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LSB Technology Project

Technology and regulation – Developing approaches to regulation for the use of technology in legal services

New technological innovations, including artificial intelligence applications like algorithmic decision-making, automated document assembly, chatbots as well as other developments like blockchain, have the potential to transform how legal services are provided, including making them more accessible and cheaper for consumers, but they also create risks for consumers and providers.
The LSB’s recently published research Technology and Innovation in Legal Services found that legal services providers want to make use of technological innovations, but many do not because of real, or perceived, regulatory, ethical and practical risks.

It will be up to the legal service regulators to anticipate and respond to the risks raised by new technologies so that legal service providers can use them to deliver better services to consumers.
As part of fulfilling its commitments in its current Strategy and Business Plan, the LSB is undertaking the following project to assist the regulators in this work.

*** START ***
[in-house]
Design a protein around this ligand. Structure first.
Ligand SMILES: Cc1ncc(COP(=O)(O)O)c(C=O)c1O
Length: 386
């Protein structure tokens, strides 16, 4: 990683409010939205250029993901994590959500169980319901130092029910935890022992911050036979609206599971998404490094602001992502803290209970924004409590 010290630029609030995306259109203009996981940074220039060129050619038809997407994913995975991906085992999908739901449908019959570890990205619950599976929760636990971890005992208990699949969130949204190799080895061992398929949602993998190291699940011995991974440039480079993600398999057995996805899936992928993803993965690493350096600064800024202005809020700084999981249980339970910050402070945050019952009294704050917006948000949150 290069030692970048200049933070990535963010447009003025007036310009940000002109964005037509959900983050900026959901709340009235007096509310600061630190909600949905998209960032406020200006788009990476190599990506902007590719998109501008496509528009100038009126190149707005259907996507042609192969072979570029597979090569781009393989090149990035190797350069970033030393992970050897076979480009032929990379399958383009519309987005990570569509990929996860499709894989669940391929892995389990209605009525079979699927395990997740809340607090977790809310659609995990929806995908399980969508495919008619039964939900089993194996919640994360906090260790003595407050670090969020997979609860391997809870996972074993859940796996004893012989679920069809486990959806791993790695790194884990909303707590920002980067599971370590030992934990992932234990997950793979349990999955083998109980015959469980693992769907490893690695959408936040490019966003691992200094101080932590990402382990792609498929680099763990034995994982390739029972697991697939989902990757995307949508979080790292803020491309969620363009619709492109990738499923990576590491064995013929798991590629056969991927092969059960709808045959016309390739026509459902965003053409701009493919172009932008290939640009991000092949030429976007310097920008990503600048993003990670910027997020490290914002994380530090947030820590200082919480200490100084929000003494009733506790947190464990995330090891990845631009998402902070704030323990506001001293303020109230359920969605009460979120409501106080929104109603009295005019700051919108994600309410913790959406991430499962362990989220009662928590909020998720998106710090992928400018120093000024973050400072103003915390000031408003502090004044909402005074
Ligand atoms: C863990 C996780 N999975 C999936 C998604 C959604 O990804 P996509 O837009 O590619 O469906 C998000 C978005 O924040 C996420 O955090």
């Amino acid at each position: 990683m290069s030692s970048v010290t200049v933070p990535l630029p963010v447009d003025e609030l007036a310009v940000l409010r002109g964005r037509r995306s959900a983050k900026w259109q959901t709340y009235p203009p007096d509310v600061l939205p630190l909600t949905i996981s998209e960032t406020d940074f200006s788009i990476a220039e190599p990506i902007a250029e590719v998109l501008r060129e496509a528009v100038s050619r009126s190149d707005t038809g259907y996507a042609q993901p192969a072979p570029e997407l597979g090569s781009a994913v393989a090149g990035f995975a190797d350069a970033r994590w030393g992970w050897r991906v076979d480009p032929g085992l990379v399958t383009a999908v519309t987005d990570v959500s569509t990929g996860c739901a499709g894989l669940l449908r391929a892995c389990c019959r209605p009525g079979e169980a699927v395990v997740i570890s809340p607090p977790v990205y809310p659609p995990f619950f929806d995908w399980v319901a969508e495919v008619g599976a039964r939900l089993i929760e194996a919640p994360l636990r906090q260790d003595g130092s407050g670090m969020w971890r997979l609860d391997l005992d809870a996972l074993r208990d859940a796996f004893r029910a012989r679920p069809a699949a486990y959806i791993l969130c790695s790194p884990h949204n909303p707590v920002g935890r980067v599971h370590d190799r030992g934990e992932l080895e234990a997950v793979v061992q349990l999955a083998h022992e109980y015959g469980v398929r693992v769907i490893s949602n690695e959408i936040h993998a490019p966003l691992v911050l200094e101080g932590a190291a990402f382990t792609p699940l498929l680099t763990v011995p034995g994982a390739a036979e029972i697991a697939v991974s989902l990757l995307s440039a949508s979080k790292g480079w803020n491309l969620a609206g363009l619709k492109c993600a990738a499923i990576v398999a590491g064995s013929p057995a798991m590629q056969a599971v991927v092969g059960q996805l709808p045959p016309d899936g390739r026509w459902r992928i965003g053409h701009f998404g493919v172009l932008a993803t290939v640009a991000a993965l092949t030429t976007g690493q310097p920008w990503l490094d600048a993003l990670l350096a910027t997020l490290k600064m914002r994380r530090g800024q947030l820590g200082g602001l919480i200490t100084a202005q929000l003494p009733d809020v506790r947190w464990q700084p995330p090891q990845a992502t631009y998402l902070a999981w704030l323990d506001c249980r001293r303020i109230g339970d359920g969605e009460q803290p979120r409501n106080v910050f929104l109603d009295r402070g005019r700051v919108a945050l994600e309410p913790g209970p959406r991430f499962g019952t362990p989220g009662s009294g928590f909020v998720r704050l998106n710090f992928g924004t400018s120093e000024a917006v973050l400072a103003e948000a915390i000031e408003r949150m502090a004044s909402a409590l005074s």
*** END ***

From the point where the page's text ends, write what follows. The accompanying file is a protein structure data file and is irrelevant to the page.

Developing approaches to regulation for the use of technology in legal services

Our project will create a resource of information and advice that the regulators can use to develop their own approaches to technology regulation that meet the needs of their respective professions and consumers. It will consider what lessons can be learned from how new technologies have been regulated in a variety of sectors as well as how other jurisdictions are currently approaching legal services technology regulation. We will examine the ethical issues that technology raises for legal services, its potential impact on the regulatory framework created by the Legal Services Act 2007 and how it will affect legal education. We will also look at the impact of particular technologies, including artificial intelligence applications and blockchain, from the perspectives of consumers, providers, developers and regulators, among others.

We will do this by commissioning a series of papers from academics, legal professionals, technology experts and others examining a range of topics. The papers will be supported by a series of recorded interviews and discussion events where the authors comment further on these issues. Following the publication of these papers and interviews, and the live events, we will prepare a report summarising the issues and the approaches legal services regulators may wish to use in addressing them.

We intend to publish an initial set of papers and supporting materials in early 2019 and to complete the project in early 2020.

Further information

For more information on this project, please contact the project manager, David Fowlis